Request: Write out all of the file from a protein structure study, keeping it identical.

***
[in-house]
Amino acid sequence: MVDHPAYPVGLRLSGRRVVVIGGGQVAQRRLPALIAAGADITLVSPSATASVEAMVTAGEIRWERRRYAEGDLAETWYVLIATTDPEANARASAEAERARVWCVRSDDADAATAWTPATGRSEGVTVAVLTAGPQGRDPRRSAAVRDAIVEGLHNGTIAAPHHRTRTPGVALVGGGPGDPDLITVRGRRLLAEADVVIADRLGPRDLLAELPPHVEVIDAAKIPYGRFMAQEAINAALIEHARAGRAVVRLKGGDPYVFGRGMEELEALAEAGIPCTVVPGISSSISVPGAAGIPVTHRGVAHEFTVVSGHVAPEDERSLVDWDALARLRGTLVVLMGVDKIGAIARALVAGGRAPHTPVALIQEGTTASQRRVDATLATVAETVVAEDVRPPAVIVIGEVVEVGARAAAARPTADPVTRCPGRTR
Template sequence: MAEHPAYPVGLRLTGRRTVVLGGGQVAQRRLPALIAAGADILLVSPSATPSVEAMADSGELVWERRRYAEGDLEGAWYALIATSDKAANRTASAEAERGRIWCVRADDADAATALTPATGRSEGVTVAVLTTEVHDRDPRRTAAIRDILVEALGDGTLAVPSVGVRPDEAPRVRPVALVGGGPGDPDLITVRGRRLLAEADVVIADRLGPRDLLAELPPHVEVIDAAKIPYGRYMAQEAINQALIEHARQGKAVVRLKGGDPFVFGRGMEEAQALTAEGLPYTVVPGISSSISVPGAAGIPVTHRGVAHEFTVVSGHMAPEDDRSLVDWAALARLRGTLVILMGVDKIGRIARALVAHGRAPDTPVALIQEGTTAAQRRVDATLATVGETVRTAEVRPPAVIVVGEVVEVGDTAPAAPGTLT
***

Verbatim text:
[in-house]
Amino acid sequence: MVDHPAYPVGLRLSGRRVVVIGGGQVAQRRLPALIAAGADITLVSPSATASVEAMVTAGEIRWERRRYAEGDLAETWYVLIATTDPEANARASAEAERARVWCVRSDDADAATAWTPATGRSEGVTVAVLTAGPQGRDPRRSAAVRDAIVEGLHNGTIAAPHHRTRTPGVALVGGGPGDPDLITVRGRRLLAEADVVIADRLGPRDLLAELPPHVEVIDAAKIPYGRFMAQEAINAALIEHARAGRAVVRLKGGDPYVFGRGMEELEALAEAGIPCTVVPGISSSISVPGAAGIPVTHRGVAHEFTVVSGHVAPEDERSLVDWDALARLRGTLVVLMGVDKIGAIARALVAGGRAPHTPVALIQEGTTASQRRVDATLATVAETVVAEDVRPPAVIVIGEVVEVGARAAAARPTADPVTRCPGRTR
Template sequence: MAEHPAYPVGLRLTGRRTVVLGGGQVAQRRLPALIAAGADILLVSPSATPSVEAMADSGELVWERRRYAEGDLEGAWYALIATSDKAANRTASAEAERGRIWCVRADDADAATALTPATGRSEGVTVAVLTTEVHDRDPRRTAAIRDILVEALGDGTLAVPSVGVRPDEAPRVRPVALVGGGPGDPDLITVRGRRLLAEADVVIADRLGPRDLLAELPPHVEVIDAAKIPYGRYMAQEAINQALIEHARQGKAVVRLKGGDPFVFGRGMEEAQALTAEGLPYTVVPGISSSISVPGAAGIPVTHRGVAHEFTVVSGHMAPEDDRSLVDWAALARLRGTLVILMGVDKIGRIARALVAHGRAPDTPVALIQEGTTAAQRRVDATLATVGETVRTAEVRPPAVIVVGEVVEVGDTAPAAPGTLT